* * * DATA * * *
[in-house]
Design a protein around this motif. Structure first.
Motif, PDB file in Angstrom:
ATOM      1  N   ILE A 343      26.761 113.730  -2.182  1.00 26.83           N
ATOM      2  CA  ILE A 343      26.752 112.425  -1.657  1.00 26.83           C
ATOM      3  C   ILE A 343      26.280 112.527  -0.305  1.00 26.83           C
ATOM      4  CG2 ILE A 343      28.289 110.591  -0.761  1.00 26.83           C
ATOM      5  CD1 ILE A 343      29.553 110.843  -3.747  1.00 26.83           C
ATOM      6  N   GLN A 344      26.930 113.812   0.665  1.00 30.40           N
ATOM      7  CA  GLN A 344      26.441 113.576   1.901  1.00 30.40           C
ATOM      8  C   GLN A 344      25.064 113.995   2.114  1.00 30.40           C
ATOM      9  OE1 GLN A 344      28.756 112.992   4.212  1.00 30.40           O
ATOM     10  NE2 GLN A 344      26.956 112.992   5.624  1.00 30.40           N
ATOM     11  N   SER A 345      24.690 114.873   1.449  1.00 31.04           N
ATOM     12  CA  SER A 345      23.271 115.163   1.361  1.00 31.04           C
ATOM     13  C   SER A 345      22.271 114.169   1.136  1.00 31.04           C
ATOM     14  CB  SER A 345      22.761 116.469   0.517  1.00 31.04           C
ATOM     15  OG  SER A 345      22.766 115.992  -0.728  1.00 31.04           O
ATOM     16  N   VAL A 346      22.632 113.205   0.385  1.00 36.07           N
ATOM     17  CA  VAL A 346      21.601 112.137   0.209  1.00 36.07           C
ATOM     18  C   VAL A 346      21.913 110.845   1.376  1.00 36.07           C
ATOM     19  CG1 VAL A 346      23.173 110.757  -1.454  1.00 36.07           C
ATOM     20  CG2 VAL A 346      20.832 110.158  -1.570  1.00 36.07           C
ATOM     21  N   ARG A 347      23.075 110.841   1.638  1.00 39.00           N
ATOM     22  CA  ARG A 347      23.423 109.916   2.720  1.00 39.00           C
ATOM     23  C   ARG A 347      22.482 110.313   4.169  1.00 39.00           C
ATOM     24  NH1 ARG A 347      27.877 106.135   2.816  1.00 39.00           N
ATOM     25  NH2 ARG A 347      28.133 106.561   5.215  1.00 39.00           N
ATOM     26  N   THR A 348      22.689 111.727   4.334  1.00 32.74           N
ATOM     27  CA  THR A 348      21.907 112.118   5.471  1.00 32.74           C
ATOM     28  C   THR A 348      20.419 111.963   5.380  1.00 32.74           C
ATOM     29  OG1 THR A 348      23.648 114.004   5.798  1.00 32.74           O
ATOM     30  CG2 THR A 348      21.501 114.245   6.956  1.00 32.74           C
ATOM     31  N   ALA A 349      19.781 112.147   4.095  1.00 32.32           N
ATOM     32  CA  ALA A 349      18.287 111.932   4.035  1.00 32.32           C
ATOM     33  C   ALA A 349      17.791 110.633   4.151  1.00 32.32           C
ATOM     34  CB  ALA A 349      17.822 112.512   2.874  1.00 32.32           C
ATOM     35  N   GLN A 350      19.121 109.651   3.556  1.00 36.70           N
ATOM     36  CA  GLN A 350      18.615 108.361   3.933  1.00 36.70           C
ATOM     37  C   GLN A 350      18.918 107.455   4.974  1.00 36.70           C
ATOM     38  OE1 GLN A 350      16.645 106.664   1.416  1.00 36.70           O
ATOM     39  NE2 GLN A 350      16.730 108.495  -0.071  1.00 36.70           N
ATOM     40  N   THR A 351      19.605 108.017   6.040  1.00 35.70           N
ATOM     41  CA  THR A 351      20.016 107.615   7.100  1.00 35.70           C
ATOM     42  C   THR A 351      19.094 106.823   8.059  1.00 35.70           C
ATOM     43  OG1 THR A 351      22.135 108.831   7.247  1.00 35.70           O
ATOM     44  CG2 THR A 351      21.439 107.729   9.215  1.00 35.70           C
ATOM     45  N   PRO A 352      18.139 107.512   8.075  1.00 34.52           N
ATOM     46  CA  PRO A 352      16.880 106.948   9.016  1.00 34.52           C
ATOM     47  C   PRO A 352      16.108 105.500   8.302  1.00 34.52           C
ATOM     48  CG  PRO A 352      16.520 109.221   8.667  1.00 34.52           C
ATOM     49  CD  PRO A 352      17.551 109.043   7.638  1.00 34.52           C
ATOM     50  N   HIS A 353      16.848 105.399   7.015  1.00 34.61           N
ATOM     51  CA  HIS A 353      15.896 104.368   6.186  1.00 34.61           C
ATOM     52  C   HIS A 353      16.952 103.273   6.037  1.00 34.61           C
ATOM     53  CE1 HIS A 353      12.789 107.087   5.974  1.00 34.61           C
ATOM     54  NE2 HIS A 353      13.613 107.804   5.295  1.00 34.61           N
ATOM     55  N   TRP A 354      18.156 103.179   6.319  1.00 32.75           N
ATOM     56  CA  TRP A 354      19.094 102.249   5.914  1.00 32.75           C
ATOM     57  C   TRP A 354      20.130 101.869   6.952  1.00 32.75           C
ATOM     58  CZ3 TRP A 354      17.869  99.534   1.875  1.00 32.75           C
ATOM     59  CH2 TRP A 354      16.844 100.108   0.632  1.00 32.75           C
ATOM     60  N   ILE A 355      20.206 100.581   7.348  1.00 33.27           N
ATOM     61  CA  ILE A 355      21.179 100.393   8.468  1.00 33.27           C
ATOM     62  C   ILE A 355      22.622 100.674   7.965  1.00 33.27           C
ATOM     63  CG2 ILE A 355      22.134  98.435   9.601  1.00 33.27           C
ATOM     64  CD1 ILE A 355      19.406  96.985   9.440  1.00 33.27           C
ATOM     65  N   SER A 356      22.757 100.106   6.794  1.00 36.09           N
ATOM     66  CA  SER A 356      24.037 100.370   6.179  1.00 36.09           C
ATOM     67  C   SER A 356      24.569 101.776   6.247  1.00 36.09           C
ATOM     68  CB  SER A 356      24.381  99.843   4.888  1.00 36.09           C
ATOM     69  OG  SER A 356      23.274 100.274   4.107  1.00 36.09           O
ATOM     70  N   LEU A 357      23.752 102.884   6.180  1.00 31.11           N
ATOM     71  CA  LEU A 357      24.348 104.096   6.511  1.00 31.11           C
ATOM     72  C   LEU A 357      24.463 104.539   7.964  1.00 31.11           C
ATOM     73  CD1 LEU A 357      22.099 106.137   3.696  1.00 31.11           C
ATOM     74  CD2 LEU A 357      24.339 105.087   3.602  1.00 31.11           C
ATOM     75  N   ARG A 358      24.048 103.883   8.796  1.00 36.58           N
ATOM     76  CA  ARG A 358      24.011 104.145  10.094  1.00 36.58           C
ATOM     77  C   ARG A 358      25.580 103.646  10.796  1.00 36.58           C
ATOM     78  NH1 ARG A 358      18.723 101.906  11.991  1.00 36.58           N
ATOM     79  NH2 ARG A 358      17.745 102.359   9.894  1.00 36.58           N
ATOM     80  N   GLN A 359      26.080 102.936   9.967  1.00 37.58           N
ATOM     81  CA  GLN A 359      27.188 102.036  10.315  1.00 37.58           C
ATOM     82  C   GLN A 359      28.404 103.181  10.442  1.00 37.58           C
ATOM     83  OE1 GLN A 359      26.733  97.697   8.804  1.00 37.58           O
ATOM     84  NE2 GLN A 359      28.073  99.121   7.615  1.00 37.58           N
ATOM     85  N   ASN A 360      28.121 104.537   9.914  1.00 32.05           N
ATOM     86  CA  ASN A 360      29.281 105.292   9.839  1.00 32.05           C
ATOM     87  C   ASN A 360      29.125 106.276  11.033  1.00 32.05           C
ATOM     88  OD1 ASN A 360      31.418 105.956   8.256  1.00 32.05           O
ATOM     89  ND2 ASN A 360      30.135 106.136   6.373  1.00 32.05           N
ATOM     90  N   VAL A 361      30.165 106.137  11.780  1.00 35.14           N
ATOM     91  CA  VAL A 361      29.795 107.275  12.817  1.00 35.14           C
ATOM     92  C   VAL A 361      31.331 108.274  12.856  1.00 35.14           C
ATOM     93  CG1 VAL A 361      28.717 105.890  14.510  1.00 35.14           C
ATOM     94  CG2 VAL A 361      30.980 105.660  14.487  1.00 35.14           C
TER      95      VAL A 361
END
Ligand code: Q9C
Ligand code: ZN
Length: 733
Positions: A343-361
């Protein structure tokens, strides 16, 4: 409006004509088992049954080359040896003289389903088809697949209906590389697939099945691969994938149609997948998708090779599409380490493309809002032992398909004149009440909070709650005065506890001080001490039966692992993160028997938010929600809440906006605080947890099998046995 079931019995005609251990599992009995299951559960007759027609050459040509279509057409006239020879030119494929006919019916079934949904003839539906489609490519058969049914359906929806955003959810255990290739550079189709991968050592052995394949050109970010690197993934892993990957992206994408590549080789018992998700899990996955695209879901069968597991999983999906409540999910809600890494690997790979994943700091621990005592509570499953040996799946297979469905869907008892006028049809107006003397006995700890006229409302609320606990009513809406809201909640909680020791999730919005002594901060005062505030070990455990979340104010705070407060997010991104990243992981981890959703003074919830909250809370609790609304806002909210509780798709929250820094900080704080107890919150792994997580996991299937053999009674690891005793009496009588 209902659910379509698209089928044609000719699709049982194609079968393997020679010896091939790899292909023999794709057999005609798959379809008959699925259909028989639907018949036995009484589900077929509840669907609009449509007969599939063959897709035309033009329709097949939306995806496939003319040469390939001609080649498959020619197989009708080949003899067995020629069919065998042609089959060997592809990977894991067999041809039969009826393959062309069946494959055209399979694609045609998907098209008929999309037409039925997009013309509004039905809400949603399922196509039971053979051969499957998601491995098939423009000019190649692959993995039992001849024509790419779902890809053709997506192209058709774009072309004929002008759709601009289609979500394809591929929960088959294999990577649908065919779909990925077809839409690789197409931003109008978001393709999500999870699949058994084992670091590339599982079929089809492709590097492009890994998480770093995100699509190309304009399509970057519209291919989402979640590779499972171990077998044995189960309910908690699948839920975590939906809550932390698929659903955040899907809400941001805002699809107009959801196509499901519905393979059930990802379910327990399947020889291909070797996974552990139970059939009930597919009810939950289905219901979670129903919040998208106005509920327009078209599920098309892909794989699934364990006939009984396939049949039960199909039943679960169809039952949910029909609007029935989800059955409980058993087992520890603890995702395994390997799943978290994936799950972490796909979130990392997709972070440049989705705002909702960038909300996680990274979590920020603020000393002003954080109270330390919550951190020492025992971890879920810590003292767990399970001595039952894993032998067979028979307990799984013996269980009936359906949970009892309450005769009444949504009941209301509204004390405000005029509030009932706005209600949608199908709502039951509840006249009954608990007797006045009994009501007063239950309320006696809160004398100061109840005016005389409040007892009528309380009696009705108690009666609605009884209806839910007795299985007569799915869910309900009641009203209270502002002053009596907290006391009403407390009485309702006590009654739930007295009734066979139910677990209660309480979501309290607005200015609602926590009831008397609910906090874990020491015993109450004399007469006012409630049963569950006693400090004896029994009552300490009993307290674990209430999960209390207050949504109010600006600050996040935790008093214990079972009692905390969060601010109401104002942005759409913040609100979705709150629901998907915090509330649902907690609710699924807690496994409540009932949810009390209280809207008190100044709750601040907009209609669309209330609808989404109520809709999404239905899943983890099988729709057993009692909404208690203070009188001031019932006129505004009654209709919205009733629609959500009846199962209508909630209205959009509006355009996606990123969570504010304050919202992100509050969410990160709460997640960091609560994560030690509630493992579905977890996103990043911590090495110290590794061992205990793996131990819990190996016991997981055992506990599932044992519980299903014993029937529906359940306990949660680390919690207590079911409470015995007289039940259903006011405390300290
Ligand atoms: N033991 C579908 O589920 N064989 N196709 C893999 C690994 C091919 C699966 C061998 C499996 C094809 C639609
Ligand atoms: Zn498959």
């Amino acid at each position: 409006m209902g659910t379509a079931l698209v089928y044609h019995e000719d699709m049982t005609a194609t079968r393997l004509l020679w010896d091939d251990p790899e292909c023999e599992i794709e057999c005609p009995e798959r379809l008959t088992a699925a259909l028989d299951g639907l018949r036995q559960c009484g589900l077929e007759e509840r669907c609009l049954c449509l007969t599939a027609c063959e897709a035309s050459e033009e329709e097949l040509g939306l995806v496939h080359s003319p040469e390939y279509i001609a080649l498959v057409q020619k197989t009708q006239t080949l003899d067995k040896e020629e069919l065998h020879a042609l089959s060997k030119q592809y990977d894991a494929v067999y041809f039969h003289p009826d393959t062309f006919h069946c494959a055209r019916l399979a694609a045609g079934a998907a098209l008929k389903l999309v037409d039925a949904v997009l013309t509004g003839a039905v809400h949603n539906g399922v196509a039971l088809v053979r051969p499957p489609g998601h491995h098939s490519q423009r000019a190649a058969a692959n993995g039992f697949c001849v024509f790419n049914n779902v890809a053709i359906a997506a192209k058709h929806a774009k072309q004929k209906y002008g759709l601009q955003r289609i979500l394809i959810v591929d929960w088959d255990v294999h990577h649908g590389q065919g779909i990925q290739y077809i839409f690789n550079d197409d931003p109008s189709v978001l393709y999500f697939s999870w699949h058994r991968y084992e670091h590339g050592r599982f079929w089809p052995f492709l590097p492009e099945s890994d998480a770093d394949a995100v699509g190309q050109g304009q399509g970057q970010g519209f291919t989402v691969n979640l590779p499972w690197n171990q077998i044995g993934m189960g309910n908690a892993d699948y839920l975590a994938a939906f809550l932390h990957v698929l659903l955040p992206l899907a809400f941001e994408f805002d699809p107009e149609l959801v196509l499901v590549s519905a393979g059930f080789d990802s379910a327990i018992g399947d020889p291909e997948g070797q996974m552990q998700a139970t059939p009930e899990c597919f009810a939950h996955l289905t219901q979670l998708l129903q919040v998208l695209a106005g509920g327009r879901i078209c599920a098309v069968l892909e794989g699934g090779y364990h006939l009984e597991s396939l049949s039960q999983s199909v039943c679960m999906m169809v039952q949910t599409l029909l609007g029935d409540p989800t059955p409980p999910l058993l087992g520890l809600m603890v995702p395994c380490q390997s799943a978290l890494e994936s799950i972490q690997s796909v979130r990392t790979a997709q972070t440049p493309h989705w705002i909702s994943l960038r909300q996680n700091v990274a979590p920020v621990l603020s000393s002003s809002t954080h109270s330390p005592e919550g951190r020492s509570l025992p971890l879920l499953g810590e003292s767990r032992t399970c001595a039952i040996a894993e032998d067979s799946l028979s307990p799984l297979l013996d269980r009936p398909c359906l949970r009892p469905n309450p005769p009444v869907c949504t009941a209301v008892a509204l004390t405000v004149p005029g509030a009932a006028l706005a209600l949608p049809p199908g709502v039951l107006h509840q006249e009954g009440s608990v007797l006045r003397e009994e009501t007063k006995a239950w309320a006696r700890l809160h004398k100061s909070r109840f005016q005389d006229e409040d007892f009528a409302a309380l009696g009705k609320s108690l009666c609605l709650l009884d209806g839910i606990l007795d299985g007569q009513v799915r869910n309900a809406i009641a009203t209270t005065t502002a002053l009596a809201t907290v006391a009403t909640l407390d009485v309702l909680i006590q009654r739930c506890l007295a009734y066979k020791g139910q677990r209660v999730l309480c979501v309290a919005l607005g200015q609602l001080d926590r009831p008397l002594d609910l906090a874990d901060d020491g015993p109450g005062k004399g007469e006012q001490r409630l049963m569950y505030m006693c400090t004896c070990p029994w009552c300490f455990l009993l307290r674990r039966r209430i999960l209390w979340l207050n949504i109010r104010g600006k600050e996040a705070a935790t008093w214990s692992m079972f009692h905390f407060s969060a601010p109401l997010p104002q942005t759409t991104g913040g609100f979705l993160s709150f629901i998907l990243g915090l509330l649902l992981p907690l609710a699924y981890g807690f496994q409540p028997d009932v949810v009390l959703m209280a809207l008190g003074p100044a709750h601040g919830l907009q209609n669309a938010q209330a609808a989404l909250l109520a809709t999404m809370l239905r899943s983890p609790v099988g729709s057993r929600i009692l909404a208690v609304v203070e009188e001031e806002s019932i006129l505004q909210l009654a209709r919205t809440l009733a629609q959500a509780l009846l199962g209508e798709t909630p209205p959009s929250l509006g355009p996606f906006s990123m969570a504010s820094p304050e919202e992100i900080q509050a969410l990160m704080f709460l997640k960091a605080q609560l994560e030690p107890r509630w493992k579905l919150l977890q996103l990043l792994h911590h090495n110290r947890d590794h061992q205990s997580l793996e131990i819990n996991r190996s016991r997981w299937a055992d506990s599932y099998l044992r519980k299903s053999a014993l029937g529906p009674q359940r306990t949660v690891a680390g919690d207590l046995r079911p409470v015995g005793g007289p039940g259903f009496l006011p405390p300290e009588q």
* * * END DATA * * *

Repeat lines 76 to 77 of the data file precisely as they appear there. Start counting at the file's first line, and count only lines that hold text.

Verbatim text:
ATOM     73  CD1 LEU A 357      22.099 106.137   3.696  1.00 31.11           C
ATOM     74  CD2 LEU A 357      24.339 105.087   3.602  1.00 31.11           C